• Cytotoxicity / Coumarins: Crude petroleum ether and chloroform extracts of M. minutum showed strong cytotoxic activity against a T-lymphoblastic leukemia cell line. Fractionation isolated five new coumarins and two triterpenes. Some of the compounds showed strong activity against T. lymphoblastic leukemia (CEM-SS), promyelocytic leukemia (HL60), cervical cancer (HeLa) and liver cancer (HepG2) cell lines. (6)
• Cytotoxicity / Coumarins: Leaves yielded two bioactive compounds, 2',3'-Epoxyisocapnolactone and 8-hydroxyisocapnolactone-2',3'-diol. Study showed both compounds to induce apoptosis. Furthermore, 8- hydroxyisocapnolactone-2',3'-diol also exhibited earlier induction time and better cytotoxicity compared to 2',3'-epoxyisocapnolactone. Results show both to have potential as anticancer agent. (7)
• Fruits / C-7 Oxygenated Coumarins / Anti-Cancer: Fruits yielded new 7-oxygenated coumarin, 7-demethylmurralonginol isovalerate (1), and a new natural product, murralonginol (2), together with seven known 7-oxygenated coumarins, murralonginol isovalerate (3), murralongin (4), micromelin (5), scopoletin (6), microminutin (7), murrangatin (8), and minumicrolin (9). Among these isolates, compounds 2 and 4–9 exhibited cytotoxicity against cholangiocarcinoma cell line, KKU-100. (8)
• Fruits / Coumarins / Anti-Cancer: A carbon tetrachloride fraction of Micromelum minutum was found active against most test fungal test organisms. The VLC fractions showed marked inhibition against the six fungi tested; fraction D showed 62 to 88% inhibition at 500 µg/ml dose. (9)
• Mahanine / Apoptosis Induction: Mahanine, a naturally occurring carbazole alkaloid in some Asian vegetables. Study investigated the effect of mahanine on the activation of the apoptotic pathway in human leukemia U937 cells. Mahanine-induced apoptosis involved the activation of caspases, release of cytochrome c in cytosol, loss of mitochondrial membrane permeability, and decreased levels of cellular ATP. (10)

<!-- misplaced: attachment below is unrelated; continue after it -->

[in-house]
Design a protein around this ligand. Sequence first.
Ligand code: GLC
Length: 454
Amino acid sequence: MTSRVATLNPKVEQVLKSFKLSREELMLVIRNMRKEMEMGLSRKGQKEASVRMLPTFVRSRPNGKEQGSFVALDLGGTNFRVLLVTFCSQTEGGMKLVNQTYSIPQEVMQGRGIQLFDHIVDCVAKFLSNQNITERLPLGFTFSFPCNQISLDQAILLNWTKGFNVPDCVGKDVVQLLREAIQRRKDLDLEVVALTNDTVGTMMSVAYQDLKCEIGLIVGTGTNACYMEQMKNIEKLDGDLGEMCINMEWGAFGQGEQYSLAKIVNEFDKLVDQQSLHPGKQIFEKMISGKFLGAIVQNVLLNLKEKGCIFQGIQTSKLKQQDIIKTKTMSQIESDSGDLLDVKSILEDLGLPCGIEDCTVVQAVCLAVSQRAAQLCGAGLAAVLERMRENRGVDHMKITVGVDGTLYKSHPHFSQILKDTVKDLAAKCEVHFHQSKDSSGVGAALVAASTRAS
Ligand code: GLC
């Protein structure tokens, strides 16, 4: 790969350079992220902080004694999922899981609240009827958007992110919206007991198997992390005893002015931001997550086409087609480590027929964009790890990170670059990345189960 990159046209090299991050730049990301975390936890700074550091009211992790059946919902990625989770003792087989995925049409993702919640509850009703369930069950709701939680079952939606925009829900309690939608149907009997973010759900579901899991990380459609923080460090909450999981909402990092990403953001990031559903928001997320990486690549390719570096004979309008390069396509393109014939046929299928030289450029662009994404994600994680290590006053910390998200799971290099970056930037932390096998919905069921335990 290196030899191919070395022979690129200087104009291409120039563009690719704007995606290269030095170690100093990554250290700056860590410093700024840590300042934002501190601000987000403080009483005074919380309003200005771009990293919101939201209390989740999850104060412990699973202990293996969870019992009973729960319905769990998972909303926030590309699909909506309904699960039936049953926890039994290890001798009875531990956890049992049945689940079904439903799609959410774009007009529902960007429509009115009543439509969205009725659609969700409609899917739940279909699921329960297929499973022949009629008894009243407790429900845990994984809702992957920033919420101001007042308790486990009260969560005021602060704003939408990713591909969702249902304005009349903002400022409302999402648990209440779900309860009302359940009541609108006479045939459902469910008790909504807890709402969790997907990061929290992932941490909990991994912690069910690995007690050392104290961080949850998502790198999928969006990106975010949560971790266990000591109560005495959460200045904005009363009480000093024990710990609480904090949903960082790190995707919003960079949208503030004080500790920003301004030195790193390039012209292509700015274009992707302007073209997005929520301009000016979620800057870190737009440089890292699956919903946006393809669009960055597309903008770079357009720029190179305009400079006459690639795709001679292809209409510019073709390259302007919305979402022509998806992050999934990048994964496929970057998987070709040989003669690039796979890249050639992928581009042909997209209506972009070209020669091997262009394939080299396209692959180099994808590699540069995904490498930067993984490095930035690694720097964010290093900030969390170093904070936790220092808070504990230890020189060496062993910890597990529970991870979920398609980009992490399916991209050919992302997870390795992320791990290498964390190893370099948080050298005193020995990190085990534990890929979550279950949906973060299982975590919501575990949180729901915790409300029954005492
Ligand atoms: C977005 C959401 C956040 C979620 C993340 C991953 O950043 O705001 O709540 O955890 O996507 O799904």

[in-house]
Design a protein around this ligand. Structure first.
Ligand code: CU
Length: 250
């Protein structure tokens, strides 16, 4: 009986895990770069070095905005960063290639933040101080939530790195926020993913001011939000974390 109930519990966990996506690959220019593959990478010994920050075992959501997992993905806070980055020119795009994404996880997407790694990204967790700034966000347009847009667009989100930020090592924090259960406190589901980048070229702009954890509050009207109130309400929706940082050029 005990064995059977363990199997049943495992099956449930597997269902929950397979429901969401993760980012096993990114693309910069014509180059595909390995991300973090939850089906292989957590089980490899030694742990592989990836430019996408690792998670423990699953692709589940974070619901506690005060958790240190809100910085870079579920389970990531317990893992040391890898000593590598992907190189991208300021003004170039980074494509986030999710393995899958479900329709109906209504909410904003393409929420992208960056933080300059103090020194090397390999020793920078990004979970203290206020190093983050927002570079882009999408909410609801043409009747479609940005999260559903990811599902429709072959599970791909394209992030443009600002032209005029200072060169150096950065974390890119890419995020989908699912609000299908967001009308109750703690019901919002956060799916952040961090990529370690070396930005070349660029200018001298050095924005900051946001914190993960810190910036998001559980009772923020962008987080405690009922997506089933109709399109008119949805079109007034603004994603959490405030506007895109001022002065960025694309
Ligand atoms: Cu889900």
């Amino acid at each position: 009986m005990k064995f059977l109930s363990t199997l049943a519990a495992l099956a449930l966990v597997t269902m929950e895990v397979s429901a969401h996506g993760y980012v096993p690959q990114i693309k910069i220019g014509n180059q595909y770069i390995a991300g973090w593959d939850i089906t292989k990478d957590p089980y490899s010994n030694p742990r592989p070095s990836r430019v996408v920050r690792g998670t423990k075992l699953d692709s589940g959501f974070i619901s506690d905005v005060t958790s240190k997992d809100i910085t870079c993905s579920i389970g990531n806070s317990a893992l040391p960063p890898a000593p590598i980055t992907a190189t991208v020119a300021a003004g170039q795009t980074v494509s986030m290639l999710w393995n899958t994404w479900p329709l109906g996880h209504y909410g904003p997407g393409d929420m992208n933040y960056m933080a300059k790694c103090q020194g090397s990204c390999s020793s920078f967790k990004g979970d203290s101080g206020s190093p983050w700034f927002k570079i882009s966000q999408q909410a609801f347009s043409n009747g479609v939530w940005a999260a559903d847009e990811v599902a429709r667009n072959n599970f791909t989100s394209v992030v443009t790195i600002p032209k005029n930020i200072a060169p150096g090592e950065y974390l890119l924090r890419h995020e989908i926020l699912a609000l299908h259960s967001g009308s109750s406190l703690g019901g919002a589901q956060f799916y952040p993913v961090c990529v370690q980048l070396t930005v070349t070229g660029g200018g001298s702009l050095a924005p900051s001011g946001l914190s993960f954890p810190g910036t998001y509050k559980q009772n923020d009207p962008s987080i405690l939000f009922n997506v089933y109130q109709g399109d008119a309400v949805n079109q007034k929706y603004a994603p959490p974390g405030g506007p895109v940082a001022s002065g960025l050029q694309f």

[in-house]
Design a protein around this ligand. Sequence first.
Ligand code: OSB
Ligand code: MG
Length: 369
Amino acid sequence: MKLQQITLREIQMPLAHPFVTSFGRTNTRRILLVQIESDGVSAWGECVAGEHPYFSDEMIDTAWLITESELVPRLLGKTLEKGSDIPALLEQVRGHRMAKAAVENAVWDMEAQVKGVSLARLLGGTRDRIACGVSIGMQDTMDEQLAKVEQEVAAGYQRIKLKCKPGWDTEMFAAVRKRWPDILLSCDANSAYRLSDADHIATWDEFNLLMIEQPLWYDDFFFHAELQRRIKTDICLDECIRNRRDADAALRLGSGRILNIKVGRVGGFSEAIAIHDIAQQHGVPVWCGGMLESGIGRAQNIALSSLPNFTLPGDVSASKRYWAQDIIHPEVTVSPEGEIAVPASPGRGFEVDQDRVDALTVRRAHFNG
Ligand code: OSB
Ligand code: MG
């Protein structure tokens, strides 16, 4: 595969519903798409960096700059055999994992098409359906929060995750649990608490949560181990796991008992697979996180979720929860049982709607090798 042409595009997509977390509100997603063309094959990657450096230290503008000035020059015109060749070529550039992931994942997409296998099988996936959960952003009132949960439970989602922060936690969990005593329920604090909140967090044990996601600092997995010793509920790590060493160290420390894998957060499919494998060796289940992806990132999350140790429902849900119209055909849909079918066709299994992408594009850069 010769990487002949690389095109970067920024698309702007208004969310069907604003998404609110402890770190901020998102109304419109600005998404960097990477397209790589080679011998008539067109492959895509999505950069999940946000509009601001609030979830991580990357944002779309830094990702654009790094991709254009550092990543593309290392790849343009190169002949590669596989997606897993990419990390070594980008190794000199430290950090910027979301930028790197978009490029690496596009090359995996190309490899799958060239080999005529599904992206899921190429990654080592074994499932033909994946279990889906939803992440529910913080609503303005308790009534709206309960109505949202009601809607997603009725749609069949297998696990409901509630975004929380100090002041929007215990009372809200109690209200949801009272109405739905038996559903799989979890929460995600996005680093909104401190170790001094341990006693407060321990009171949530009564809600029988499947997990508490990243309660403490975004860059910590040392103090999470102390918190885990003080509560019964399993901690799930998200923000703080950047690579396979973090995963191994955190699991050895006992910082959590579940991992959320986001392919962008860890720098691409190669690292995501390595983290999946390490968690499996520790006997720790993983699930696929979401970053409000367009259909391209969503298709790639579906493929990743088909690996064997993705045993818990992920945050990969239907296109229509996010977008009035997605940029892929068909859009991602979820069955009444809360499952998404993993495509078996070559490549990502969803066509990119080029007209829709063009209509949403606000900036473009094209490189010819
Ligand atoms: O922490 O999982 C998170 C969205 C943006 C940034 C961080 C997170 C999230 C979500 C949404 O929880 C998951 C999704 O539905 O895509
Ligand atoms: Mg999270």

• Antitubercular: Study evaluated leaves from nine selected Philippine plants for inhibitory activity against Mycobacterium tuberculosis H37Rv. Of the nine samples, M. compressum showed the highest activity with 97% and 98% inhibition at 64 µg/mL and 128 µg/mL (MIC: 56 µg/mL) Study also reports on the isolation and characterization of secondary metabolites from ethyl acetate sub-extract inhibiting Mtb H37Rv at MIC 25 µg/mL, and the preliminary study on the anti-TB activity of stems (13% at 128 µg/mL) and bark (49% at 128 µg/mL). (12)
• Synergistic Inhibitory Effect of Polymethoxy Flavones against Mycobacterium tuberculosis H37Rv / Leaves: Study evaluated polymethoxy flavones from leaves of M. compressum with synergistic inhibitory effect against Mycobacterium tuberculosis H37Rv, Crude DCM-MeOH extract exhibited 84% inhibition against Mtb at 128 µg/mL. Partitioning yielded three fractions (McP, McD Mc
W). Partitioning of McD yielded five fractions, with the third showed 96% inhibition against Mtb, while McP showed 92% at 128 µg/mL.
Purification isolated three polymethoxy flavones mixed with McD3.3, McD3.5 and McD3.6. McD3.5 exhibited good activity with MIC of 15.98 µg/mL. Results also showed synergism of two polymethoxy flavones in enhancing inhibition of Mtb, suggesting a potential source of antitubercular constituents. (16)